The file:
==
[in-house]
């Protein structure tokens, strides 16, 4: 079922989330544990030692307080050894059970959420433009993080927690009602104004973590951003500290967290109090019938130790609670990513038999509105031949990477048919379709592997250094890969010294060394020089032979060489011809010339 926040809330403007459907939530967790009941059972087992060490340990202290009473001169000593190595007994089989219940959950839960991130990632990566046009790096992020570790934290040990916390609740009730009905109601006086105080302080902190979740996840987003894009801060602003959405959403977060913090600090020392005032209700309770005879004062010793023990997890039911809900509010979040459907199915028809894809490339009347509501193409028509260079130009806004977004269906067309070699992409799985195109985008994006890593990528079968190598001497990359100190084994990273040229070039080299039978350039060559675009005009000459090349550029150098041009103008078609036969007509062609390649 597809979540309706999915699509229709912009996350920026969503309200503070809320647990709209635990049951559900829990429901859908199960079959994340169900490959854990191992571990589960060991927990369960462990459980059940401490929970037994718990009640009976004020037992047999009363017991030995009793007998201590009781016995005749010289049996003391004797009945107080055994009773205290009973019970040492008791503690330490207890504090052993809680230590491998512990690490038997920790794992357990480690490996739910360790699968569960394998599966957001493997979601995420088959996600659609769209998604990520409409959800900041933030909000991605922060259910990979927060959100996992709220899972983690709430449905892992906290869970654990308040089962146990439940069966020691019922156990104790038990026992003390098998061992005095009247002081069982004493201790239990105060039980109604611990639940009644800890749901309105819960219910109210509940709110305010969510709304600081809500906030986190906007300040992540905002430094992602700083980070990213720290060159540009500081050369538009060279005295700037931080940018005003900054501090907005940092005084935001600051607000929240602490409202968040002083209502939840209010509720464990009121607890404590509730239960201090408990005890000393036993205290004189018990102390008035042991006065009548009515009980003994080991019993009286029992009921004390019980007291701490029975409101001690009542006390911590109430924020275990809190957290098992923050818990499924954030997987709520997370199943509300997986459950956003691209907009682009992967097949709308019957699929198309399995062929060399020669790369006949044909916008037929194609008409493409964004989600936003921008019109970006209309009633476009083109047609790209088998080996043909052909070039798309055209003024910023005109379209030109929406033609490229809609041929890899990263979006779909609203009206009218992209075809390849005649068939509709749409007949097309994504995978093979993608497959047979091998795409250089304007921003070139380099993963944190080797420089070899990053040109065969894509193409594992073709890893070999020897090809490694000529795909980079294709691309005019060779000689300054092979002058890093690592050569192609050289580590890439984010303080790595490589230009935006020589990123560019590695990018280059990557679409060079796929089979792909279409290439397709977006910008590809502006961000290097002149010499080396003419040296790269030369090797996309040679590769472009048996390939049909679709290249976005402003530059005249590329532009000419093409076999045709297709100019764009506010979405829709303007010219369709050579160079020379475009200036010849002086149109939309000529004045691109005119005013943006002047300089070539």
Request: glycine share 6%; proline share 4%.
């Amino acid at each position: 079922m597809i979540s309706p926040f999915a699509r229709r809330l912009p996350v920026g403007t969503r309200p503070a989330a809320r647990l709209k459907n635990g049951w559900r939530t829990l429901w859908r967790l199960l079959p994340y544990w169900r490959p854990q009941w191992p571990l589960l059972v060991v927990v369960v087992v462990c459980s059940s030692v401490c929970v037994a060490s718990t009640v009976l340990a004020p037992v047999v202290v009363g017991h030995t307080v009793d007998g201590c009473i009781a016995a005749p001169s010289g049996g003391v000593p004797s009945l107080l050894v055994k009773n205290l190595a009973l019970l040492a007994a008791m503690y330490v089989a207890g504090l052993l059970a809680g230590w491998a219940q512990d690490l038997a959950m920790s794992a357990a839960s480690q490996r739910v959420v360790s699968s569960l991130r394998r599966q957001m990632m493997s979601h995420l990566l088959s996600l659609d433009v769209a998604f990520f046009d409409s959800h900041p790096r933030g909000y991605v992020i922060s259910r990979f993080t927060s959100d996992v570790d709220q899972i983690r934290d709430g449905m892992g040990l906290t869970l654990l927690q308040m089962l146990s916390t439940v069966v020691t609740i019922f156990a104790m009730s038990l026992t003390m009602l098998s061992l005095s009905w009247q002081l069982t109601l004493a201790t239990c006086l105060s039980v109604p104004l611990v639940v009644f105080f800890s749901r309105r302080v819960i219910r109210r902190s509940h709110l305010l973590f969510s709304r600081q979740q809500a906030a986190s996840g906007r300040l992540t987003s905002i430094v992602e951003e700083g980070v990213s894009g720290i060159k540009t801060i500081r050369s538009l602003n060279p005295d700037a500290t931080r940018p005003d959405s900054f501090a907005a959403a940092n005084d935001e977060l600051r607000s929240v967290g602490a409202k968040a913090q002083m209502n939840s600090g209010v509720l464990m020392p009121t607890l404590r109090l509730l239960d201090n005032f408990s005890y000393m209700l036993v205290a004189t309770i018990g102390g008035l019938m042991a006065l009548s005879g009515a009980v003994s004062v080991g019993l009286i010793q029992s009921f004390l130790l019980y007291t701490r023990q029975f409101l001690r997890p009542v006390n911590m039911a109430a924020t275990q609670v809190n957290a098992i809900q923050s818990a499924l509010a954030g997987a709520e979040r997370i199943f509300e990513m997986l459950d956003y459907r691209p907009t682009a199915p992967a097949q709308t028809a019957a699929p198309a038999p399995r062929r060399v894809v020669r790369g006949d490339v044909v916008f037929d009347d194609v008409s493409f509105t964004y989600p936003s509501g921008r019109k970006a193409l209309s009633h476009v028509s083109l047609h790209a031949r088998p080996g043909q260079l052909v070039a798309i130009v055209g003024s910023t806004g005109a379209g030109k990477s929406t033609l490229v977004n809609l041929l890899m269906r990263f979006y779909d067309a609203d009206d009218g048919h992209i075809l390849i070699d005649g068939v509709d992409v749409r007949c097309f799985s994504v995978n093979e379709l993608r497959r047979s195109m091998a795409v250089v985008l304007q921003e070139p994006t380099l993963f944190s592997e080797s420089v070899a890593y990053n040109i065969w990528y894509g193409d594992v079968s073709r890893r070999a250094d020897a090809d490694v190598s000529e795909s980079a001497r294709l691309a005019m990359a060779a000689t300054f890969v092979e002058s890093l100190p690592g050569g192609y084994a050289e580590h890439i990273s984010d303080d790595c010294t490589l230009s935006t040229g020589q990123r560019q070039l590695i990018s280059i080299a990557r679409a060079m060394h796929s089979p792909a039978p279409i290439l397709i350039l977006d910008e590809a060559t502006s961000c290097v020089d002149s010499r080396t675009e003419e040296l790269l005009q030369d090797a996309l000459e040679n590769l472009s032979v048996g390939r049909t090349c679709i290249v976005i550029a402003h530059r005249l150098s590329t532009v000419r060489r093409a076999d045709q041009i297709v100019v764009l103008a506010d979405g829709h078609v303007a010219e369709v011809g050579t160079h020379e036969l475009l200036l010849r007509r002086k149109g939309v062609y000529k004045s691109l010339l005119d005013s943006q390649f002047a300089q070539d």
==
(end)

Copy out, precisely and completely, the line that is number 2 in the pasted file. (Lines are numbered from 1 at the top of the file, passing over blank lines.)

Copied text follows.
């Protein structure tokens, strides 16, 4: 079922989330544990030692307080050894059970959420433009993080927690009602104004973590951003500290967290109090019938130790609670990513038999509105031949990477048919379709592997250094890969010294060394020089032979060489011809010339 926040809330403007459907939530967790009941059972087992060490340990202290009473001169000593190595007994089989219940959950839960991130990632990566046009790096992020570790934290040990916390609740009730009905109601006086105080302080902190979740996840987003894009801060602003959405959403977060913090600090020392005032209700309770005879004062010793023990997890039911809900509010979040459907199915028809894809490339009347509501193409028509260079130009806004977004269906067309070699992409799985195109985008994006890593990528079968190598001497990359100190084994990273040229070039080299039978350039060559675009005009000459090349550029150098041009103008078609036969007509062609390649 597809979540309706999915699509229709912009996350920026969503309200503070809320647990709209635990049951559900829990429901859908199960079959994340169900490959854990191992571990589960060991927990369960462990459980059940401490929970037994718990009640009976004020037992047999009363017991030995009793007998201590009781016995005749010289049996003391004797009945107080055994009773205290009973019970040492008791503690330490207890504090052993809680230590491998512990690490038997920790794992357990480690490996739910360790699968569960394998599966957001493997979601995420088959996600659609769209998604990520409409959800900041933030909000991605922060259910990979927060959100996992709220899972983690709430449905892992906290869970654990308040089962146990439940069966020691019922156990104790038990026992003390098998061992005095009247002081069982004493201790239990105060039980109604611990639940009644800890749901309105819960219910109210509940709110305010969510709304600081809500906030986190906007300040992540905002430094992602700083980070990213720290060159540009500081050369538009060279005295700037931080940018005003900054501090907005940092005084935001600051607000929240602490409202968040002083209502939840209010509720464990009121607890404590509730239960201090408990005890000393036993205290004189018990102390008035042991006065009548009515009980003994080991019993009286029992009921004390019980007291701490029975409101001690009542006390911590109430924020275990809190957290098992923050818990499924954030997987709520997370199943509300997986459950956003691209907009682009992967097949709308019957699929198309399995062929060399020669790369006949044909916008037929194609008409493409964004989600936003921008019109970006209309009633476009083109047609790209088998080996043909052909070039798309055209003024910023005109379209030109929406033609490229809609041929890899990263979006779909609203009206009218992209075809390849005649068939509709749409007949097309994504995978093979993608497959047979091998795409250089304007921003070139380099993963944190080797420089070899990053040109065969894509193409594992073709890893070999020897090809490694000529795909980079294709691309005019060779000689300054092979002058890093690592050569192609050289580590890439984010303080790595490589230009935006020589990123560019590695990018280059990557679409060079796929089979792909279409290439397709977006910008590809502006961000290097002149010499080396003419040296790269030369090797996309040679590769472009048996390939049909679709290249976005402003530059005249590329532009000419093409076999045709297709100019764009506010979405829709303007010219369709050579160079020379475009200036010849002086149109939309000529004045691109005119005013943006002047300089070539």